I. We have the soul longing for God. (1) This longing is not that of a man who has no possession of God. Rather is it the desire of a heart which is already in union with Him for a closer union; rather is it the tightening of the grasp with which the man already holds his Father in heaven. All begins with the utterance of a personal, appropriating faith. (2) Upon that there are built earnest seeking, expressed in the words "Early" that is to say, "Earnestly" "will I seek Thee," and! the intensest longing, breathing in the pathetic utterance, "My soul thirsteth for Thee," etc. (3) Notice what it is, or rather whom it is, that the Psalmist longs for. "My soul thirsts for Thee." All souls do. Blessed are those who can say, "Thou art my God." (4) Notice when it was that this man thus longed. It was in the midst of his sorrow. (5) This longing, though it be struck out by sorrow, is not forced upon him for the first time by sorrow. The longing that springs in his heart is an old longing: "So have I gazed upon Thee in the sanctuary, to see Thy power and Thy glory." (6) This longing is animated by a profound consciousness that God is best: "Because Thy loving-kindness is better than life." (7) This longing is accompanied with a firm resolve of continuance: "Thus will I bless Thee while I live."
II. In the second portion of the Psalm, which is included in the next three verses, we have the longing soul satisfied. (1) The fruition of God is contemporaneous with the desire after God. (2) The soul that possesses God is fed full. (3) The satisfied soul breaks into the music of praise. (4) This satisfaction leads to a triumphant hope. The past of the seeking soul is the certain pledge of its future.
III. The final section of the Psalm gives us the satisfied soul still following after God. The word translated "followeth" here literally means to cleave or to cling. (1) "My soul cleaveth after God." Desire expands the heart; possession expands the heart. More of God comes when we can hold more of Him, and the end of all fruition is the renewed desire after further fruition. (2) There is also very beautifully here the co-operation and reciprocal action of the seeking soul and the sustaining God. We hold, and we are held. (3) The soul thus cleaving and following is gifted with a prophetic certainty. David's certainty of the destruction of his foes is the same triumphant assurance, on a lower spiritual level, as Paul's trumpet-blast of victory, "Who shall separate us from the love of Christ?" etc.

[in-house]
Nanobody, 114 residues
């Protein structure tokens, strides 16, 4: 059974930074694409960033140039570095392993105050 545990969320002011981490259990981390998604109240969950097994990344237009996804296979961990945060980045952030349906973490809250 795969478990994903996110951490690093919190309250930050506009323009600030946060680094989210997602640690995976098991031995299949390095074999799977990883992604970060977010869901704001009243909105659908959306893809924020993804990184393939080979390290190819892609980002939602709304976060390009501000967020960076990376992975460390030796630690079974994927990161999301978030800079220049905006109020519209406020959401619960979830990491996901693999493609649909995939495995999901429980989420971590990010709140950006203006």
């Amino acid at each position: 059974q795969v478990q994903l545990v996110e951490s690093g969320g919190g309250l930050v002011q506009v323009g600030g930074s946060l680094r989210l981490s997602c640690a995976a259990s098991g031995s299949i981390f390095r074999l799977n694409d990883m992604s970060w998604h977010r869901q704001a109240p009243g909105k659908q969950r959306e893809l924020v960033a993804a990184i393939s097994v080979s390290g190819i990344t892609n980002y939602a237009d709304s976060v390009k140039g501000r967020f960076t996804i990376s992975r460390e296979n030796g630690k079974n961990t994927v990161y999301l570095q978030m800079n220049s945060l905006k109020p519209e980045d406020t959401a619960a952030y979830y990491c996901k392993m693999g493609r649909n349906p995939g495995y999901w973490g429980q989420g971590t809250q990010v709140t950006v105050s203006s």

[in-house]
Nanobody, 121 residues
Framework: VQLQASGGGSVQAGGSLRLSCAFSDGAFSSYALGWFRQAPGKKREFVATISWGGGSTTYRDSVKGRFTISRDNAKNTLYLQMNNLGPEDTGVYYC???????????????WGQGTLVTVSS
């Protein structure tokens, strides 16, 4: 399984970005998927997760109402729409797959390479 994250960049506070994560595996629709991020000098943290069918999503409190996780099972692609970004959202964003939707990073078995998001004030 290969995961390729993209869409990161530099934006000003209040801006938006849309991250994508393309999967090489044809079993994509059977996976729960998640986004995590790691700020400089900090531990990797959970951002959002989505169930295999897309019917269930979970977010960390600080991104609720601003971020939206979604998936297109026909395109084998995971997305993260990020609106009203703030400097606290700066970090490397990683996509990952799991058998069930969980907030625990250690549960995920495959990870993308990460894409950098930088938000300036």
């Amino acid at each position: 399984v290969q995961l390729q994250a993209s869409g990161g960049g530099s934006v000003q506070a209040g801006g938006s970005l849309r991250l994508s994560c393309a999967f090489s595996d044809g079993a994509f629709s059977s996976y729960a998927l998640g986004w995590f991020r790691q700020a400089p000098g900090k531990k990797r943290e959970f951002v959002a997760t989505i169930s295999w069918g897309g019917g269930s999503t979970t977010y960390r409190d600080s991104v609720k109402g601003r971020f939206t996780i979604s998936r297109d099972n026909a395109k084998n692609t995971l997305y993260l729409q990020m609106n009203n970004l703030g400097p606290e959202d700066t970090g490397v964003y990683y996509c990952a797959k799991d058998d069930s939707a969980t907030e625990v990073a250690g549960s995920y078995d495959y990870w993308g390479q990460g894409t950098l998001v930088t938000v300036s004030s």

A. Maclaren, Christ in the Heart, p. 243.
References: Psalms 63:2 . G. Brooks, Outlines of Sermons, p. 251.Psalms 63:3 . J. M. Neale, Sermons on Passages from the Psalms, pp. 162, 170. Psalms 63:7 . H. Allon, Congregationalist, vol. viii., pp. 305, 820; J. Armstrong, Parochial Sermons, p. 76; Homiletic Quarterly, vol. ii., p. 559; W. M. Statham, Christian World Pulpit, vol. viii., p. 214.Psalms 63:0 A. Maclaren, Life of David, p. 250. Psalms 65:1 , Psalms 65:2 . Spurgeon, Sermons, vol. xvii., No. 1023.
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Nicoll, William R. "Commentary on Psalms 63". "Sermon Bible Commentary". https://studylight.org/
the Week of Proper 21 / Ordinary 26